“Let everyone see each other in virtual meetings and have everyone speak. This can be as simple as detailing what they are working on, any challenges, and where they could use some help from the team.”
– Matthew Knowland
At Dynamite Circle—a fully remote team who meets in person twice a year—Catalina Alvarez not only makes sure all remote employees feel like they are part of the team, but also that their work and skillsets are valued.
Having private one-on-one meetings with every team member gives remote employees a chance to provide their input and to air out any grievances or concerns that may not otherwise crop up during a team meeting. “It is really critical to have one-to-ones with every team member as well as effective team meetings,” advises Singers.
4. Focus on the results rather than face time
Managers who are used to giving performance reviews in the office may struggle to ascertain how their remote employees are performing. Therefore, it may serve us well to reframe what remote work actually is. Rather than focusing on the fact that an employee is ‘working from home’, there needs to be more emphasis on skills, discipline, attitude and professionalism.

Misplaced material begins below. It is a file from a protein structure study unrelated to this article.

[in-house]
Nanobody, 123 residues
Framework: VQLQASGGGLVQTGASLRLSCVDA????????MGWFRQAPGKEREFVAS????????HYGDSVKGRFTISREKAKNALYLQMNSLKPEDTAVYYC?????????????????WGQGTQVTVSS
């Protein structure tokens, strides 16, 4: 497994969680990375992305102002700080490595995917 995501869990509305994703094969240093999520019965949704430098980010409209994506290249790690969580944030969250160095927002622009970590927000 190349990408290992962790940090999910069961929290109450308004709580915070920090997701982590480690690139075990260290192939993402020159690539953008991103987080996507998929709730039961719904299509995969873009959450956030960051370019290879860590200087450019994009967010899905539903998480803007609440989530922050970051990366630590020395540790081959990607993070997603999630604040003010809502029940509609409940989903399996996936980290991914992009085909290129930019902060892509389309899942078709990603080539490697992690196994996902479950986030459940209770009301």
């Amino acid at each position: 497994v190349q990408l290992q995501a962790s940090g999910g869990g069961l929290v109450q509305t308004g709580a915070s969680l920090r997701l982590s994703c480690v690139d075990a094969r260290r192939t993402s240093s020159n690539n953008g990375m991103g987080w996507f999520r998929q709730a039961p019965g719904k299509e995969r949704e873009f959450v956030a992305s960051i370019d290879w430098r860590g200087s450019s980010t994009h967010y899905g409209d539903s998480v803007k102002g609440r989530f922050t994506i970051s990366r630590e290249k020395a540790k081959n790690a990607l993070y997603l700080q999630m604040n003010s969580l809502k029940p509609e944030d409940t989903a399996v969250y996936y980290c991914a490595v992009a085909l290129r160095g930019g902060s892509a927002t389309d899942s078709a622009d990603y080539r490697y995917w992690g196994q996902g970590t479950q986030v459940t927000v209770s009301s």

“People do their work, and it is their own decision and responsibility to figure out how, where, and when they produce the deliverables they have committed to.”
– Nico Appel
Where people work does not matter—only that they get work done and achieve the desired results. Some people prefer to work at a library, café, or co-working space rather than at home. “Being able to work from anywhere can be a great advantage,” says Appel. “I can change my location and my output is basically unaffected.”
Managers of distributed teams, however, should consider time zones for scheduled calls and overlapping schedules with all team members.
5. Encourage remote employees to set boundaries
One problem for remote workers is that it’s hard for them to turn off. As someone who has worked remotely for over five years, there were times when I thought to myself—’let me fire off one more email before bed’—only to spend another three hours on the computer.
Having worked remotely for over ten years, Tristan King, the Founder of Grow Like An Elephant, emphasizes the importance of setting clear boundaries between work and personal time: “On one hand, you have flexibility of when to work, no commute, and so on. But on the other hand, if you don’t keep a handle on it, you can become a hermit and work 24/7 while never leaving the house. Setting boundaries is super important.”